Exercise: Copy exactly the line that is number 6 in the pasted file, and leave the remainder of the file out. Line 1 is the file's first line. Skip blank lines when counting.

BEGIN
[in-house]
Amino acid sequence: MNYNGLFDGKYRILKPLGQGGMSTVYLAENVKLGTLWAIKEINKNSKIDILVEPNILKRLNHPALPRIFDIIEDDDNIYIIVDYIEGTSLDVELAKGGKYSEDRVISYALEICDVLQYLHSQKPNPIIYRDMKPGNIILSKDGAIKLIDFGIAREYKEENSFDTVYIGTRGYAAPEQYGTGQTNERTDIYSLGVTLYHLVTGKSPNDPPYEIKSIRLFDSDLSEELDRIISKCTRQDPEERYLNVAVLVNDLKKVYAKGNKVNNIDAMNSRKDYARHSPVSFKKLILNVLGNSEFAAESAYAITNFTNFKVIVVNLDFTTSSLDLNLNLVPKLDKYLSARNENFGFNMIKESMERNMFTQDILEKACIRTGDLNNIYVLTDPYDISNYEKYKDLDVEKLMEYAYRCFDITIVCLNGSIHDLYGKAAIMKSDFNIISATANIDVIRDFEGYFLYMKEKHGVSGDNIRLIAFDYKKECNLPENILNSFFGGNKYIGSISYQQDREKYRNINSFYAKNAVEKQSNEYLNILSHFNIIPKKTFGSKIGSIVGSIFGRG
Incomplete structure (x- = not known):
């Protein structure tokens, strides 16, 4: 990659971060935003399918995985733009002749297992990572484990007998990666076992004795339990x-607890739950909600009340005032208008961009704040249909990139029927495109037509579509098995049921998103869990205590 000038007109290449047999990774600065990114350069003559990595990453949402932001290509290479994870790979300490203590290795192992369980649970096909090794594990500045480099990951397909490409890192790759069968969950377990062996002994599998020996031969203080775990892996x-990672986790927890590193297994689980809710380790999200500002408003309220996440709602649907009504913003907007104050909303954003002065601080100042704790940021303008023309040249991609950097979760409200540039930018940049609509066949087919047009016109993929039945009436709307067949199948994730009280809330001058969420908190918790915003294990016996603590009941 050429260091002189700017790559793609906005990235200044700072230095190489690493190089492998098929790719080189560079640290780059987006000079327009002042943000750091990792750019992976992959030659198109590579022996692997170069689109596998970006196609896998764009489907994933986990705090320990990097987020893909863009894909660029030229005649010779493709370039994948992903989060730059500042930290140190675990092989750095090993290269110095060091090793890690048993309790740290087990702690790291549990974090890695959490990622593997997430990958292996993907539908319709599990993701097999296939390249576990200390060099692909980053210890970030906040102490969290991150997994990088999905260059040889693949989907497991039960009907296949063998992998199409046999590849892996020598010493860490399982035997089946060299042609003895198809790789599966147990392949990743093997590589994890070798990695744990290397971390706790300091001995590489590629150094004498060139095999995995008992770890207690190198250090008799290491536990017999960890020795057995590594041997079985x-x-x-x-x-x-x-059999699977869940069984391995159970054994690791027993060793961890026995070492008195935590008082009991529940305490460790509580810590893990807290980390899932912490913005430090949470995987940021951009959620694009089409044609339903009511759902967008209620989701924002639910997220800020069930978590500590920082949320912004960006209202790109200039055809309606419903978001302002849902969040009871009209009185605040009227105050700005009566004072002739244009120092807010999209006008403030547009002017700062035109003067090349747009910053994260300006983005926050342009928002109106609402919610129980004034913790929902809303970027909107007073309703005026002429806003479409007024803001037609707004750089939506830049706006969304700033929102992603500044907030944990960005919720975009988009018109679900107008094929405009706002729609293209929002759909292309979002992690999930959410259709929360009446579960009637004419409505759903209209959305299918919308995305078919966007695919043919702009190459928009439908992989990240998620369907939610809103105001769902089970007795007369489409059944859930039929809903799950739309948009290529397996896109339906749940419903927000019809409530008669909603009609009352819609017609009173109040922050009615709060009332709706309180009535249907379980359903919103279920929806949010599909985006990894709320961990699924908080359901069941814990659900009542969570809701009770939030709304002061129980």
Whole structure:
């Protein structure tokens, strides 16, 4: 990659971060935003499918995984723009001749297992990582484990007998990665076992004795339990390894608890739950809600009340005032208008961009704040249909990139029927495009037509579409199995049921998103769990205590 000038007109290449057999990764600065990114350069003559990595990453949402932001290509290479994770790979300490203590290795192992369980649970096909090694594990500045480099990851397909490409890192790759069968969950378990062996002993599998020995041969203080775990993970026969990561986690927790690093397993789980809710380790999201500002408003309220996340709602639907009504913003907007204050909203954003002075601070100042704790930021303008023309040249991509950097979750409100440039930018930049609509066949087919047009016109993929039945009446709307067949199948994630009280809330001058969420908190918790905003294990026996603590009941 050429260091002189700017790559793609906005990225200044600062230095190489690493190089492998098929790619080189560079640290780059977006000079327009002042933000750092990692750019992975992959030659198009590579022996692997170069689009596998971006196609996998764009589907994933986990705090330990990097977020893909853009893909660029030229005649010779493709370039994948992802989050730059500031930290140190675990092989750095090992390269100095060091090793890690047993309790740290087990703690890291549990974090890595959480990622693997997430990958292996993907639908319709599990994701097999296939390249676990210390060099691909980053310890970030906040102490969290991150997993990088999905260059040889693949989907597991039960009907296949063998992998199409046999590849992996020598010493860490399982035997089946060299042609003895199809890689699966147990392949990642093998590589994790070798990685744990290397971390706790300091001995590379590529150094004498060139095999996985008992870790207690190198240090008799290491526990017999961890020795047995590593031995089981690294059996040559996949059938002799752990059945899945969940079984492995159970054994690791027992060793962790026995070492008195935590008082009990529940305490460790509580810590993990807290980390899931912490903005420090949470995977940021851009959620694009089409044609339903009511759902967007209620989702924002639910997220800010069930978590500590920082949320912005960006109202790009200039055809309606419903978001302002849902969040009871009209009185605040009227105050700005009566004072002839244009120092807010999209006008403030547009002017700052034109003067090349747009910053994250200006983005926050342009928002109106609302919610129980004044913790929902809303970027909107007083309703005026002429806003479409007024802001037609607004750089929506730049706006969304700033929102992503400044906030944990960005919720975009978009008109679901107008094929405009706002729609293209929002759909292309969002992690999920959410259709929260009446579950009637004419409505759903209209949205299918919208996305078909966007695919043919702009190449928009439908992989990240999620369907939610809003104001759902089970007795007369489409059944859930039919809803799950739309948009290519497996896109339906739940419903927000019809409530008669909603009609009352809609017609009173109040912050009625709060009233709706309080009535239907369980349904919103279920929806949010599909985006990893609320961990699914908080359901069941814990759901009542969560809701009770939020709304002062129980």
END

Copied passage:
């Protein structure tokens, strides 16, 4: 990659971060935003499918995984723009001749297992990582484990007998990665076992004795339990390894608890739950809600009340005032208008961009704040249909990139029927495009037509579409199995049921998103769990205590 000038007109290449057999990764600065990114350069003559990595990453949402932001290509290479994770790979300490203590290795192992369980649970096909090694594990500045480099990851397909490409890192790759069968969950378990062996002993599998020995041969203080775990993970026969990561986690927790690093397993789980809710380790999201500002408003309220996340709602639907009504913003907007204050909203954003002075601070100042704790930021303008023309040249991509950097979750409100440039930018930049609509066949087919047009016109993929039945009446709307067949199948994630009280809330001058969420908190918790905003294990026996603590009941 050429260091002189700017790559793609906005990225200044600062230095190489690493190089492998098929790619080189560079640290780059977006000079327009002042933000750092990692750019992975992959030659198009590579022996692997170069689009596998971006196609996998764009589907994933986990705090330990990097977020893909853009893909660029030229005649010779493709370039994948992802989050730059500031930290140190675990092989750095090992390269100095060091090793890690047993309790740290087990703690890291549990974090890595959480990622693997997430990958292996993907639908319709599990994701097999296939390249676990210390060099691909980053310890970030906040102490969290991150997993990088999905260059040889693949989907597991039960009907296949063998992998199409046999590849992996020598010493860490399982035997089946060299042609003895199809890689699966147990392949990642093998590589994790070798990685744990290397971390706790300091001995590379590529150094004498060139095999996985008992870790207690190198240090008799290491526990017999961890020795047995590593031995089981690294059996040559996949059938002799752990059945899945969940079984492995159970054994690791027992060793962790026995070492008195935590008082009990529940305490460790509580810590993990807290980390899931912490903005420090949470995977940021851009959620694009089409044609339903009511759902967007209620989702924002639910997220800010069930978590500590920082949320912005960006109202790009200039055809309606419903978001302002849902969040009871009209009185605040009227105050700005009566004072002839244009120092807010999209006008403030547009002017700052034109003067090349747009910053994250200006983005926050342009928002109106609302919610129980004044913790929902809303970027909107007083309703005026002429806003479409007024802001037609607004750089929506730049706006969304700033929102992503400044906030944990960005919720975009978009008109679901107008094929405009706002729609293209929002759909292309969002992690999920959410259709929260009446579950009637004419409505759903209209949205299918919208996305078909966007695919043919702009190449928009439908992989990240999620369907939610809003104001759902089970007795007369489409059944859930039919809803799950739309948009290519497996896109339906739940419903927000019809409530008669909603009609009352809609017609009173109040912050009625709060009233709706309080009535239907369980349904919103279920929806949010599909985006990893609320961990699914908080359901069941814990759901009542969560809701009770939020709304002062129980």